My body is mine and I have the choice to take care of it or not. When I have sexual intercourse that results in a baby – my body is still mine but the baby inside my uterus is not my body – that baby is another person.
    I do not have the right to kill that child or any other person. God the Creator made it that way – I am not the Creator: I am a creature.

  8. Kim Voynar says:

    No, Eileen. The PERSONHOOD LAW threatens women’s rights to abortion and birth control. Whoever said that a zygote, embryo or fetus did? Pregnancy and birth can and do kill women — about 1,000 a day globally.

    You know, I was raised Catholic. Catholic schools, uncle who’s a priest. I got pregnant when I was 17, had my daughter and raised her. She’ll be 27 this year. There would have to be a really extreme reason for me to ever get an abortion myself. Key word there: Myself.

    My choice not to get an abortion is based on my personal moral values, my relationship with my deity or theology, however you want to look at it. It’s a personal choice. Key word there: Choice.

    I absolutely support your right to feel as passionately about abortion as you do. But I do not support any laws that force your perspective on abortion, a position based on faith, personal morality, whatever you want to call THAT, on anyone but yourself. It’s MY uterus. MY body. Not yours or anyone else’s to dicate a decision that’s a personal medical and moral choice.

    In other words, just because I would not personally choose to have an abortion, does not in any way mean that I would ever support laws that dictate what any woman must do with her own body, and that includes the ridiculously invasive, rape-by-vaginal-ultrasound legislation that’s popping up lately.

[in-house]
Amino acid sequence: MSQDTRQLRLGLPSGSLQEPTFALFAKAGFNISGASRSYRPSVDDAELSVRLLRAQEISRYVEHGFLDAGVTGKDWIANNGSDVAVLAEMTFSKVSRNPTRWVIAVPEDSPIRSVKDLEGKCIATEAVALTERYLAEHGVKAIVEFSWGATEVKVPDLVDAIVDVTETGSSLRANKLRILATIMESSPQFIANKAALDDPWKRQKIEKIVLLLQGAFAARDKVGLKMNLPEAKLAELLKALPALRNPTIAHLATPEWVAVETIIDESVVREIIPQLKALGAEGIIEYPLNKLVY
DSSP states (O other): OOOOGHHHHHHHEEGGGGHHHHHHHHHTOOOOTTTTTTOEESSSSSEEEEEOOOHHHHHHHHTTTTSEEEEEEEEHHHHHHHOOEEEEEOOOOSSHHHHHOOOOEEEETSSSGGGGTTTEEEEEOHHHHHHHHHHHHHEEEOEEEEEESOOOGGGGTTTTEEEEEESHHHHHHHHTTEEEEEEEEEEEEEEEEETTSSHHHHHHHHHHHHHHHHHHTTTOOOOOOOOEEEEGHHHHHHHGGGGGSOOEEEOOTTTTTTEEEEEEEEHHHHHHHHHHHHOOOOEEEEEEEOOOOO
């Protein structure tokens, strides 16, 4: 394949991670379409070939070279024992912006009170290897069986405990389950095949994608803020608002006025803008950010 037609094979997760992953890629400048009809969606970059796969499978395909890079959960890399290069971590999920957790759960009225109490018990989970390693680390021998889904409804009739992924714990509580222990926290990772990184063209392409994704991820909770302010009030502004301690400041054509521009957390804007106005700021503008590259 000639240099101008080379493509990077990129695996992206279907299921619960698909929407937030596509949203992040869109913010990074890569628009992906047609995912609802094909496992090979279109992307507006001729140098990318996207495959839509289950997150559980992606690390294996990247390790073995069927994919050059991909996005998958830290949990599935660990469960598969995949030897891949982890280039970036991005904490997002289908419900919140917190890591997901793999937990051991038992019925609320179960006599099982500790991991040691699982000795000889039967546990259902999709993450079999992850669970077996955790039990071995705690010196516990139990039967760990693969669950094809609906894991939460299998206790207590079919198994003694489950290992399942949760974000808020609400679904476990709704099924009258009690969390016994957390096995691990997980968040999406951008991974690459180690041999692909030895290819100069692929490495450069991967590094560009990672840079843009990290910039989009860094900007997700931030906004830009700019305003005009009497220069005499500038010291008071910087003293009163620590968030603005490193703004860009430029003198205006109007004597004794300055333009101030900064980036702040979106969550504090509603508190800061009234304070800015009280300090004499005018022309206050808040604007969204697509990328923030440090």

9. JPLibinCal says:

    I believe this last post puts an exclamation point on your previous points. The words “myself” and “choice” are key. We are all free to live our lives the way WE CHOOSE, but not free to tell others how to live.

    I personally live a pretty conservative lifestyle, but I am as liberal as can be ideologically, and I hold that my lifestyle might not be what someone else is comfortable with. I don’t believe in God, but I would never presume to take away the right’s of others to believe. I love the Dallas Cowboys, but have no interest in outlawing the Washington Redskins(though I would like them to change their nickname if at all possible).

    This country should be about standards that are good for all, not just good for the majority. I can’t for the life of me figure out how a gay couple next door getting married is going to impact my marriage in any way. My lack of faith does not endanger anyone’s faith, and my belief in evolution does not in anyway affect what is taught in Sunday School.

    Why do people think that rights given to others somehow take away their own rights? Unless of course they wish to have the right to control other people’s lives through prejudice and bigotry. Why do people who claim to be for freedom consistently speak of taking freedoms away? Unless of course we’re talking about their freedoms or the freedoms of their church or their company.